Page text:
Back to the future of marine ecosystems

By studying the ocean fauna of the last interglacial period off the coast of Peru, scientists understand that the ecosystem dominated today by anchovies could in future become a goby paradise. Results that overturn ocean model projections.

IRD - Arnaud Bertrand

How will marine species adapt to climate change? This question is all the more crucial for ecologists as the ocean environment is particularly affected by global warming. In addition to rising water temperatures, the oceans are facing changes in ocean currents, acidification of the water and a drop in oxygen content. A study published in Science in January 2022, in which the Marbec* laboratory took part, provides an unprecedented forecast for the transformation of the ecosystem off the coast of Peru by the end of the century.

Thanks to the Humboldt Current, the Peruvian coast is a prolific oceanic zone, with upwellings of cold water bringing quantities of nutrients from the depths. But this profusion of life makes it all the more fragile. Rich in organic matter, the zone is low in oxygen due to the intense activity of bacteria. It is even anoxic (oxygen-free) from a few dozen meters below the surface. While some species are trapped on the surface, others have adapted by rising to the surface at night to oxygenate themselves. But if the concentration of oxygen in the water falls further as a result of rising water temperatures, some species may not be able to adapt. "Scientists have long thought that oxygen was not a key factor in the evolution of the marine environment. But in some areas, such as off the coast of Peru, it is the limiting factor," explains Arnaud Bertrand, co-author of the study and a marine ecologist at the Marbec laboratory.

130,000 years of marine history

The question for researchers is therefore to anticipate how, under the effect of rising temperatures and falling oxygen, the ecosystem might evolve. Overall, scientists expect fish to shrink in size. "For cold-blooded animals, metabolism increases with temperature. Warmer, oxygen-poor conditions therefore favor smaller individuals, which require proportionately less energy and oxygen, since the volume of fish decreases on average faster than their size," explains Arnaud Bertrand. But two hypotheses remain possible: either species will shrink, or new, smaller species will establish themselves.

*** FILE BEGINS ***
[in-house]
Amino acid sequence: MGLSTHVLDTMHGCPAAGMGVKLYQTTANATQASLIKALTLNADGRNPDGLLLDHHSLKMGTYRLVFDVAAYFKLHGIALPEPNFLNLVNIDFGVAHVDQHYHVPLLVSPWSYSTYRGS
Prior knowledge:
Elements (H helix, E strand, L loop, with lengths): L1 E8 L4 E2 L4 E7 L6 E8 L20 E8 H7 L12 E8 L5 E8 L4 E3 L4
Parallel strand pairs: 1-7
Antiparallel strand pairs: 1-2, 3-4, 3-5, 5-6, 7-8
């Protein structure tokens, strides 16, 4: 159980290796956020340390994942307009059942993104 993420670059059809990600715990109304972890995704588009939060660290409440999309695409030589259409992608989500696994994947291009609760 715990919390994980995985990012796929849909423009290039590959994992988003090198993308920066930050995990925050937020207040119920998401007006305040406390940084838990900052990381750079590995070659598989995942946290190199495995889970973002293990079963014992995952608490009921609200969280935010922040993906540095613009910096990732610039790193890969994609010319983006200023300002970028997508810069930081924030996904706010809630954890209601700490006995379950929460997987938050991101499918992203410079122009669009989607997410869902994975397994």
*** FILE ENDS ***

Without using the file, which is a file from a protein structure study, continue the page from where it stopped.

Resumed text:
In the southeast Pacific, the second hypothesis is the correct one, according to original results published in Science. Researchers predict that the current ecosystem, characterized by abundant anchovies, could shift to a new goby-dominated state by the end of the century. To convince themselves of this, they studied marine evolution on a geological timescale. Under the leadership of paleobiologist Renato Salvatteci, the international team was able to reconstruct 130,000 years of ocean life using a 5-meter core of the ocean floor. Scales, vertebrae... have enabled us to understand the diversity of species and their abundance over the millennia.

The researchers found that the ecosystem underwent radical transformation, depending on changes in environmental conditions (temperature and oxygen concentration in particular). During the last interglacial period, 125,000 years ago, temperatures and concentrations in Peru were those predicted for the end of our century. At that time, the ecosystem was dominated not by anchovies, but by small gobies. In all likelihood, the changeover that took place then could be repeated. "This is a very important discovery. None of the current models is capable of predicting that a small fish that is currently negligible in the ecosystem can become dominant," insists Arnaud Bertrand.

For this research, the scientists benefited from a remarkable environment: it's rare to be able to carry out paleobiology in a marine environment, which generally doesn't offer the necessary conservation conditions. But the anoxic environment of the Peruvian coast helped preserve the organic matter in the sediments. " This core has opened a window on the abiotic conditions expected at the end of the century," says the researcher.

A less productive and less diverse ecosystem

The success of gobies can be explained by their small size (a few centimetres, compared with ten or so for anchovies) and their greater resistance to anoxic conditions. Less nutritious and less fatty than anchovies, their predominance will modify the entire food chain, right down to the birds and marine mammals, explains Arnaud Bertrand: "the population of current species could therefore collapse in favor of new species, probably towards a less productive and less diverse ecosystem".

For the scientific community, these results are invaluable. " It's very difficult to test our hypotheses on the evolution of fish populations with recent observations, because we can't know what is due to global warming and what is due to fishing", explains Arnaud Bertrand. Fishing contributes to reducing the size of species by removing the largest specimens; it can also lead to a shift towards smaller fish communities. In Namibia, for example, overfishing of sardines in the 1970s led to a shift in the ecosystem towards gobies and jellyfish (Reporterre 16/03/2013). " This isolated case, which we took to be a special case, could well be valid for large productive ecosystems", stresses the scientist.

*Marbec (UM, IRD, CNRS, Ifremer)

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